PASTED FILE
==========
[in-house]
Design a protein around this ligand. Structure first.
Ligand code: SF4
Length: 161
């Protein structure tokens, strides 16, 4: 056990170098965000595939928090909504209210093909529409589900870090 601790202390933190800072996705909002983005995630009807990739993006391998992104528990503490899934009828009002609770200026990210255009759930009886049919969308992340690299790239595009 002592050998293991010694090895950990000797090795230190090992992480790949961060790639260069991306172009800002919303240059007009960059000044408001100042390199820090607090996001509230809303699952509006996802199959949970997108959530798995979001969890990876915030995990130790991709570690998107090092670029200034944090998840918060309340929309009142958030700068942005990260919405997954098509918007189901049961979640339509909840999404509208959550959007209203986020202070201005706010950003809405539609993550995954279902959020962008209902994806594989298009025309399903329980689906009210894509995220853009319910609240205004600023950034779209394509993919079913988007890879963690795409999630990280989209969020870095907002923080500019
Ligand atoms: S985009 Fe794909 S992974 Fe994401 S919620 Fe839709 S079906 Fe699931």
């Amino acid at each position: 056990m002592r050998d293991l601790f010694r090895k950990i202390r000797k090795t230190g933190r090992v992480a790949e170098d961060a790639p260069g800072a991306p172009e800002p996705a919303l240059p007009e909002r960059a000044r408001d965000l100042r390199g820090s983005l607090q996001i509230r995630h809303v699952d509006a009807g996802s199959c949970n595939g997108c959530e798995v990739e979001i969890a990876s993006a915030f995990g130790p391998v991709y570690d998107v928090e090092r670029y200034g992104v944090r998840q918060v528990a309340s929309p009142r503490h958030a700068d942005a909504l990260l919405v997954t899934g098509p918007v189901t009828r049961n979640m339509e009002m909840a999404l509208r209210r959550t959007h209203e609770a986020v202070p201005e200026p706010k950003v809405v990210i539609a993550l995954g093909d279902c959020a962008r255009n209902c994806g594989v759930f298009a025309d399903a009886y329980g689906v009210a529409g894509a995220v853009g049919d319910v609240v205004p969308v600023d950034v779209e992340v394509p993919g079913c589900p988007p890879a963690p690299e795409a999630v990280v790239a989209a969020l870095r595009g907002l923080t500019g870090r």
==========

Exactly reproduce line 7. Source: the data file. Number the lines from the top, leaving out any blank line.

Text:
């Amino acid at each position: 056990m002592r050998d293991l601790f010694r090895k950990i202390r000797k090795t230190g933190r090992v992480a790949e170098d961060a790639p260069g800072a991306p172009e800002p996705a919303l240059p007009e909002r960059a000044r408001d965000l100042r390199g820090s983005l607090q996001i509230r995630h809303v699952d509006a009807g996802s199959c949970n595939g997108c959530e798995v990739e979001i969890a990876s993006a915030f995990g130790p391998v991709y570690d998107v928090e090092r670029y200034g992104v944090r998840q918060v528990a309340s929309p009142r503490h958030a700068d942005a909504l990260l919405v997954t899934g098509p918007v189901t009828r049961n979640m339509e009002m909840a999404l509208r209210r959550t959007h209203e609770a986020v202070p201005e200026p706010k950003v809405v990210i539609a993550l995954g093909d279902c959020a962008r255009n209902c994806g594989v759930f298009a025309d399903a009886y329980g689906v009210a529409g894509a995220v853009g049919d319910v609240v205004p969308v600023d950034v779209e992340v394509p993919g079913c589900p988007p890879a963690p690299e795409a999630v990280v790239a989209a969020l870095r595009g907002l923080t500019g870090r």